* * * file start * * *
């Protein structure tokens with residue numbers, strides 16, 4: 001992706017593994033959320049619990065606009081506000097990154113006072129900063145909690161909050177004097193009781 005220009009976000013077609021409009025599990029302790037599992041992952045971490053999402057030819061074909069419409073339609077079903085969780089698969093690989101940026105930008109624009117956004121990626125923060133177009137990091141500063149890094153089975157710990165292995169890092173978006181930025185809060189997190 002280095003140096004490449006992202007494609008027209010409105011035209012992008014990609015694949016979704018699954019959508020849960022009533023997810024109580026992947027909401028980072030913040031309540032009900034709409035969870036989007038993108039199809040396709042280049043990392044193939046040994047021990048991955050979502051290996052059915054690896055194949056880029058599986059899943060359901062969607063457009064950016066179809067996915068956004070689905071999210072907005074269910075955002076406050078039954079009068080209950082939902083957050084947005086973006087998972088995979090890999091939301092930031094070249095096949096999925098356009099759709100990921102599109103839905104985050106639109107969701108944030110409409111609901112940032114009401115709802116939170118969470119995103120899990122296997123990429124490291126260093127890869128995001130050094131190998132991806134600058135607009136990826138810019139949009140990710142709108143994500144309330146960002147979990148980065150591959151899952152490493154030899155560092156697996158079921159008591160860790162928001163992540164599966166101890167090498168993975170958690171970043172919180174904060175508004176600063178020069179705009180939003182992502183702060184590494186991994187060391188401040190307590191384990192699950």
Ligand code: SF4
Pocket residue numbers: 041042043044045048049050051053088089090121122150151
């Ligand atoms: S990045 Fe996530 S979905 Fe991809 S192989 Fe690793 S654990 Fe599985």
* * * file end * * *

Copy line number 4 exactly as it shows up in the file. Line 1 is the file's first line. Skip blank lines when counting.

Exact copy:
């Ligand atoms: S990045 Fe996530 S979905 Fe991809 S192989 Fe690793 S654990 Fe599985």